Financial writer Jeff Brown’s recent Wall Street Journal article, does a good job of explaining why some financial planners are encouraging seniors in their early 60s to take a reverse mortgage line of credit. “Research has shown that setting up a line of credit as soon as possible, age 62, in order to let it grow and only tapping into the line of credit when needed can substantially improve the long-term sustainability of a retirement-income portfolio, meaning you can make your money last longer,” said Jamie Hopkins, associate professor of taxation at the American College of Financial Services.
My eyes close and I imagine the possible fountain of youth that comes as a result of practicing yoga. When I started running many years ago, not as a young woman I may add, I felt a lot of benefits then that I now receive from yoga. Something positively magical happens! Yoga opens the body to release stress, anxiety and tightness found in every day living. It undoes stiffness, tension, and soreness in my neck and shoulders from sitting hunched over a computer, from standing or from the pounding of a competitive tennis match.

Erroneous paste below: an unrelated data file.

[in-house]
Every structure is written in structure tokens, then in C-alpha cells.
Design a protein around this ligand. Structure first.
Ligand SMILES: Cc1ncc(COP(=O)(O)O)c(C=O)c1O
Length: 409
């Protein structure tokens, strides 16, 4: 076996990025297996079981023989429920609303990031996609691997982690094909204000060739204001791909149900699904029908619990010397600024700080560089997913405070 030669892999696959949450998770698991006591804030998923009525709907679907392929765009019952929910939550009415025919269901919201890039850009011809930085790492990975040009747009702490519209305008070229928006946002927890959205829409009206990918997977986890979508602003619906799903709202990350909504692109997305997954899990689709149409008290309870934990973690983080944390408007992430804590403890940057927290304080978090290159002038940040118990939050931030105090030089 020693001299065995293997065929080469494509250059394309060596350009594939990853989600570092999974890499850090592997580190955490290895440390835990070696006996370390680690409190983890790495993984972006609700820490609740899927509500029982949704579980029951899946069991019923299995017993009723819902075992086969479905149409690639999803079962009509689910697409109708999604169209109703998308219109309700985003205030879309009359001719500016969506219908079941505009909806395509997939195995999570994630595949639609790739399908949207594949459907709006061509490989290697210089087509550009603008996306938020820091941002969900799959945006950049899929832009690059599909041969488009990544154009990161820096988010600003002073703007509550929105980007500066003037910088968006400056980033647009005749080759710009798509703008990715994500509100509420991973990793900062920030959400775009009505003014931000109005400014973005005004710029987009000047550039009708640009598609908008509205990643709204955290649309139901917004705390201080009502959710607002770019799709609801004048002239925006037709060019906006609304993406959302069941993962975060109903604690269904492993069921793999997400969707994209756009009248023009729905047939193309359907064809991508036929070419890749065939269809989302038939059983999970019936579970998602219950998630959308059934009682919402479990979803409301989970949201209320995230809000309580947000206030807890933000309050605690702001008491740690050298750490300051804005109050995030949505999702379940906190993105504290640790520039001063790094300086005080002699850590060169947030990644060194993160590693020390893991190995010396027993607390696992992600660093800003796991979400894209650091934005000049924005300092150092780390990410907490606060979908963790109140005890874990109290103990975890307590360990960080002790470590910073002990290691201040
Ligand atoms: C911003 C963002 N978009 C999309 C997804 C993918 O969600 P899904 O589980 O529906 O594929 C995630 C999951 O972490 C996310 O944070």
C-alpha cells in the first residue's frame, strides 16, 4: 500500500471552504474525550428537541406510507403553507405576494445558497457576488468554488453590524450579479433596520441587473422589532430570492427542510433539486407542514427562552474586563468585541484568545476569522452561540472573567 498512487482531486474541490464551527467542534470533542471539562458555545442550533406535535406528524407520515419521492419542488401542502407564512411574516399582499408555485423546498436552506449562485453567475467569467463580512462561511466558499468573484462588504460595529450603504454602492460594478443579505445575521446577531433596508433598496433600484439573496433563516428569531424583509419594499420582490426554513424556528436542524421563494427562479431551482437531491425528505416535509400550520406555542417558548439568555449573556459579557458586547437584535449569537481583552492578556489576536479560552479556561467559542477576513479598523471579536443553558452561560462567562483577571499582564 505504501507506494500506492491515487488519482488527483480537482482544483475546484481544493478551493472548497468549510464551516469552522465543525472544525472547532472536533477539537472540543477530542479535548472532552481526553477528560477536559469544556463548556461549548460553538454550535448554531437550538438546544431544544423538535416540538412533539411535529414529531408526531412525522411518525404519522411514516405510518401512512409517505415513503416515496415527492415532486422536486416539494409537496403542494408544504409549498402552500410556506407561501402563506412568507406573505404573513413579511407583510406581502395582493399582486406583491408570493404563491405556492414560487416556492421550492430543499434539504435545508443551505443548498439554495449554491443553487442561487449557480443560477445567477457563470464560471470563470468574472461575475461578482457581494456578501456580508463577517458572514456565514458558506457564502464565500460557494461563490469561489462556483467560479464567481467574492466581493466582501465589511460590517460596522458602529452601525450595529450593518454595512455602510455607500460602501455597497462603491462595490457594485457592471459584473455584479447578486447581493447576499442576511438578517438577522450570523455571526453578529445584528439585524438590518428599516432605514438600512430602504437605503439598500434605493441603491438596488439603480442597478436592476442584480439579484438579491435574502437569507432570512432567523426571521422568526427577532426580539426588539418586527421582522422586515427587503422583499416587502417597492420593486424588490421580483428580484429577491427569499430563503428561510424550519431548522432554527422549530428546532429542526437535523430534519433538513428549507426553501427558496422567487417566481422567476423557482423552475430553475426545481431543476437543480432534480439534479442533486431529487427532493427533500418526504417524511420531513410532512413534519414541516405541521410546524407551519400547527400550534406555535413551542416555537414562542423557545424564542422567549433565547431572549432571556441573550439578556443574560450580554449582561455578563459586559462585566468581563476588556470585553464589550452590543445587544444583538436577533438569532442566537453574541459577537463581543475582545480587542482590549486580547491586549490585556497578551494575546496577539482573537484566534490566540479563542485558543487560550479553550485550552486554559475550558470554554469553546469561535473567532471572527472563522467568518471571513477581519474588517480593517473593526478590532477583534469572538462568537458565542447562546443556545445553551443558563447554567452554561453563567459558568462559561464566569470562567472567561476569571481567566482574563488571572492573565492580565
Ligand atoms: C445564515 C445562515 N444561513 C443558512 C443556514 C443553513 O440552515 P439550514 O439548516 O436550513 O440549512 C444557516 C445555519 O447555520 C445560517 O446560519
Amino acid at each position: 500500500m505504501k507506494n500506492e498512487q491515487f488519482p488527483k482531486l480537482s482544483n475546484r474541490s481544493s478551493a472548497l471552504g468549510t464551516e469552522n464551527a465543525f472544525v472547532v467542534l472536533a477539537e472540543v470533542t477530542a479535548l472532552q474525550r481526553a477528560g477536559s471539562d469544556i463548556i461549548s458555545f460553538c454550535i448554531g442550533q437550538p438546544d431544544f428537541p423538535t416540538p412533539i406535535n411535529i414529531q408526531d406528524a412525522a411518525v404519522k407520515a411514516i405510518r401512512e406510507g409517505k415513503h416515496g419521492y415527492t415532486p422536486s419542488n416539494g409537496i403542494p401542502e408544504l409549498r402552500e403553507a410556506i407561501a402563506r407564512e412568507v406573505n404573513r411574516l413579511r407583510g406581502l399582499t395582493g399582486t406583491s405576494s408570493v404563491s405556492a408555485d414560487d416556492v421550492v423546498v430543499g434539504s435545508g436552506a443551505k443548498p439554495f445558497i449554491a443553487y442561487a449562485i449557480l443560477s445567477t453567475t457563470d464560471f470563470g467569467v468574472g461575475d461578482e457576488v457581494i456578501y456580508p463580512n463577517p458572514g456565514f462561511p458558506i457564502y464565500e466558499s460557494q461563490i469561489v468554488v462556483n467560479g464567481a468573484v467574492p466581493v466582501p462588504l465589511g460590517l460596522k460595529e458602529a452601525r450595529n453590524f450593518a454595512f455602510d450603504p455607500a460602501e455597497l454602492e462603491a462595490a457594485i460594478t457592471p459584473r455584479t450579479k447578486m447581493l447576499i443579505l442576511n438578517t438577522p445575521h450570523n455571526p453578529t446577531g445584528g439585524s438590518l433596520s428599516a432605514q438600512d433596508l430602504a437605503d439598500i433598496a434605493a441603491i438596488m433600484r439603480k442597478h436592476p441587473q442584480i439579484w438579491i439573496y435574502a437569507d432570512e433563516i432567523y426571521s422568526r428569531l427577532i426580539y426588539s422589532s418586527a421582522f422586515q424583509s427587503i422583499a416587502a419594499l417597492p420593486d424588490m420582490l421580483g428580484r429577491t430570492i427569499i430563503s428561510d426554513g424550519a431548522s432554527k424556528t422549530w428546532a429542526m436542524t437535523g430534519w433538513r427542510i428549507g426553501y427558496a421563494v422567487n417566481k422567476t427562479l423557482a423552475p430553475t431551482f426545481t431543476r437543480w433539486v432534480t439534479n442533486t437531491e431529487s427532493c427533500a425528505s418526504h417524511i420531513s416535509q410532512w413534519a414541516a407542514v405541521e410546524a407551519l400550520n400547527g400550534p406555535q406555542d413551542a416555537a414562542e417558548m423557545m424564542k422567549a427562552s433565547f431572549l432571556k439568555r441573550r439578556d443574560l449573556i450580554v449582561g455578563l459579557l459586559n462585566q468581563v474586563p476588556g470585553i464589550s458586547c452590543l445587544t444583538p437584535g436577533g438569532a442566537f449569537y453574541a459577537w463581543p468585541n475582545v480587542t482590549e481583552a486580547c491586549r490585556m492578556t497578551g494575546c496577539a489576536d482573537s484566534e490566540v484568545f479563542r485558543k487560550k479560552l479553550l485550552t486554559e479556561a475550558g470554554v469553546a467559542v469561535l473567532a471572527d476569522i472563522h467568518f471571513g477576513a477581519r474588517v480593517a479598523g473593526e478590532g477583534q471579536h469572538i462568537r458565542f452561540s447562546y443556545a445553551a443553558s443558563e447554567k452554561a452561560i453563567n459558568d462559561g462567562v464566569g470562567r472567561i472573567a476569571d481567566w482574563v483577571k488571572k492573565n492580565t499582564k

Yoga stretches me out so that I am once again flexible. Balance, strength and better posture are due in part from a steady diet of yoga, I am certain.
But that’s not all. This physical restoration keeps me very interested in returning to class over and over. What I have also discovered are other subtle benefits to staying consistent. Sometimes a spiritual or creative mindset takes over my thoughts and my open heart begins to explore what I might be feeling: joy, pain, excitement, grief or simply peace. It’s a softer endorphin rush than what I experienced with running. It is nevertheless a physical and emotional plate of feel-good! Yoga is delicious; don’t just try it out, give it a long term commitment and enjoy the many benefits.
As my eyes open I am refreshed, invigorate and relaxed after my one hour Vinyassa session. I leave class feeling that aging just slowed a little, if even for a day.